Realtime Space Weather Photo Gallery

NOCTILUCENT CLOUDS IN MOTION: "Last night some nice noctilucent clouds appeared over Stockholm," reports Swedish photographer Peter Rosen. "Watching NLCs this summer has made me take an interest in their intricate movements--so I decided to create some close-up timelapse movies using a telephoto lens." Click on the image to set the scene in motion:

"What looked like a serene view from a distance behaves more like a stormy sea with wave after wave rolling in," he observes.

When NLCs first appeared in the 19th century, the mysterious clouds were confined to the Arctic, most often seen in the same places as Northern Lights. In recent years, however, their "habitat" has been expanding, rippling as far south as Colorado, Virginia, Kansas, and Utah. There is growing evidence that the expansion is a sign of climate change, although this remains controversial.

Whatever the reason for the expansion, it means the "stormy sea" could be coming to a sky near you. Observing tips: Look west 30 to 60 minutes after sunset when the sun has dipped 6o to 16o below the horizon. If you see electric-blue waves spreading across the sky, you've probably spotted a noctilucent cloud.

Realtime Noctilucent Cloud Photo Gallery
[previous years: 2003, 2004, 2005, 2006, 2007, 2008, 2009, 2011]

  Near Earth Asteroids
Potentially Hazardous Asteroids (PHAs) are space rocks larger than approximately 100m that can come closer to Earth than 0.05 AU. None of the known PHAs is on a collision course with our planet, although astronomers are finding new ones all the time.
On July 18, 2012 there were potentially hazardous asteroids.
Recent & Upcoming Earth-asteroid encounters:
Asteroid
Date(UT)
Miss Distance
Mag.
Size
2003 KU2
Jul 15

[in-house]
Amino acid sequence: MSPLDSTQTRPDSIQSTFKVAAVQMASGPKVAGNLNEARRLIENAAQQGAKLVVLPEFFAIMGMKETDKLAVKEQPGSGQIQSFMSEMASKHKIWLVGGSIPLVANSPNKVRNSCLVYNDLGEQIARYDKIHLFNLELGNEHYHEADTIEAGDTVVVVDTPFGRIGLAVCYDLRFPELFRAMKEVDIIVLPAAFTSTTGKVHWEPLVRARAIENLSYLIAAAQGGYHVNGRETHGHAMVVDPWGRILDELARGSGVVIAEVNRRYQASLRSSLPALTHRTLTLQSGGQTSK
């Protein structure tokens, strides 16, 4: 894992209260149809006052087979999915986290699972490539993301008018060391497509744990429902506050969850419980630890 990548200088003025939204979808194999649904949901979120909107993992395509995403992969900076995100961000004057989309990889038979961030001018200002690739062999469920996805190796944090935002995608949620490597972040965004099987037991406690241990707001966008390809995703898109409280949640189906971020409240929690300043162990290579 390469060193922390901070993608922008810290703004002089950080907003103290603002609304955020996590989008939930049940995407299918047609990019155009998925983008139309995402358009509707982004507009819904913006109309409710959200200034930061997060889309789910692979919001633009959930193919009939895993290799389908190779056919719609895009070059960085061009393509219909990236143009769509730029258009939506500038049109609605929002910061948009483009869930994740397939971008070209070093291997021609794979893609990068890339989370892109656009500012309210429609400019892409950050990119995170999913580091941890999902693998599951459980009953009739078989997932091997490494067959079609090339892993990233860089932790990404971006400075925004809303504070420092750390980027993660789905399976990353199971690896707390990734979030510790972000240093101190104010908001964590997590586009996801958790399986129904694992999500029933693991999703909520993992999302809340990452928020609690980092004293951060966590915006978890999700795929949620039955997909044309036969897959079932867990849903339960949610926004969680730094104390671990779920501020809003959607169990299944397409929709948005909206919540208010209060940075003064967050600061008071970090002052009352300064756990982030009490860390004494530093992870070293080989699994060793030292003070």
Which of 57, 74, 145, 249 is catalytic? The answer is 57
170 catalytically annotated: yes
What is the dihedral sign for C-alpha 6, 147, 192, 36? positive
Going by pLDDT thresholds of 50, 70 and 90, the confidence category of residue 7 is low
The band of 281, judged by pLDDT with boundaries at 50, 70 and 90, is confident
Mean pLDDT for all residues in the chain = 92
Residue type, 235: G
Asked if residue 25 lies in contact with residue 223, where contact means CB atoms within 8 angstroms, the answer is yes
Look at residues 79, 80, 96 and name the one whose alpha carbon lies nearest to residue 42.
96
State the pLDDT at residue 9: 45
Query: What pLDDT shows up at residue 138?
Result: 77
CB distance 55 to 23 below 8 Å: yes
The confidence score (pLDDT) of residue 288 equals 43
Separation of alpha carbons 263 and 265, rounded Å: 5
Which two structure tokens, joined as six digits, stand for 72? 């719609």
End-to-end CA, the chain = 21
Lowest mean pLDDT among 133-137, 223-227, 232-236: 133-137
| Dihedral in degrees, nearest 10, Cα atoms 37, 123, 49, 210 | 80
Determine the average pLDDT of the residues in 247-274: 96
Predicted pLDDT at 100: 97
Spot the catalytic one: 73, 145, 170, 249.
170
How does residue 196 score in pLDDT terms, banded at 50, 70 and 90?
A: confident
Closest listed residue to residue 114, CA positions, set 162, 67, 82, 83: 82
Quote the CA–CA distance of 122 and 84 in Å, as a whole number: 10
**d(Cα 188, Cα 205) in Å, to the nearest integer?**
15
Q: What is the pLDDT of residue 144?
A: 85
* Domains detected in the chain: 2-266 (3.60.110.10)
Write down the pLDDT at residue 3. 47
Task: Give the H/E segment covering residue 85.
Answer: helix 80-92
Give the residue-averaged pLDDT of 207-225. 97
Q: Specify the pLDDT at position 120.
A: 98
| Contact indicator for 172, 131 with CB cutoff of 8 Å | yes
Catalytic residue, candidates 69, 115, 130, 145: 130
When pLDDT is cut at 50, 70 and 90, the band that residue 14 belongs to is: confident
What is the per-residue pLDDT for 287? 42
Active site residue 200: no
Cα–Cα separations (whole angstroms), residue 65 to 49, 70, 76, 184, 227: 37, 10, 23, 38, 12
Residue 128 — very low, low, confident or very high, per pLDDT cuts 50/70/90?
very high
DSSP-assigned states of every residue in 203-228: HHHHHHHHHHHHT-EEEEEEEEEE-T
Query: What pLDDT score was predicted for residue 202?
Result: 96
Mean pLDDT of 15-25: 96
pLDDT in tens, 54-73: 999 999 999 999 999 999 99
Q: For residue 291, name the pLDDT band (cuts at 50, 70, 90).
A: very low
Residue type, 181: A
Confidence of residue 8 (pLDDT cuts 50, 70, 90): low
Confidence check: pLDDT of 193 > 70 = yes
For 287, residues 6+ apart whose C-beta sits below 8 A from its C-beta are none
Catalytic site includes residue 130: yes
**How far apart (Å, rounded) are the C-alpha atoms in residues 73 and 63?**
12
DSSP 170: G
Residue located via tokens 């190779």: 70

40.2 LD
--
1.3 km
2004 EW9
Jul 16
46.8 LD
--
2.1 km
2002 AM31
Jul 22
13.7 LD
--
1.0 km
37655 Illapa
Aug 12
37 LD
--
1.2 km
2000 ET70
Aug 21
58.5 LD
--
1.1 km
1998 TU3
Aug 25
49.2 LD
--
4.9 km
2009 AV
Aug 26
62.8 LD
--
1.1 km
1998 UO1
Oct 4
60.1 LD
--
2.1 km
2005 GQ21
Oct 12
77 LD
--
1.0 km
Notes: LD means "Lunar Distance." 1 LD = 384,401 km, the distance between Earth and the Moon. 1 LD also equals 0.00256 AU. MAG is the visual magnitude of the asteroid on the date of closest approach.
  Essential web links
NOAA Space Weather Prediction Center
  The official U.S. government space weather bureau
Atmospheric Optics
  The first place to look for information about sundogs, pillars, rainbows and related phenomena.
Solar Dynamics Observatory
  Researchers call it a "Hubble for the sun." SDO is the most advanced solar observatory ever.
STEREO
  3D views of the sun from NASA's Solar and Terrestrial Relations Observatory
Solar and Heliospheric Observatory
  Realtime and archival images of the Sun from SOHO.
Daily Sunspot Summaries
  from the NOAA Space Environment Center
Heliophysics
  the underlying science of space weather
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  more links...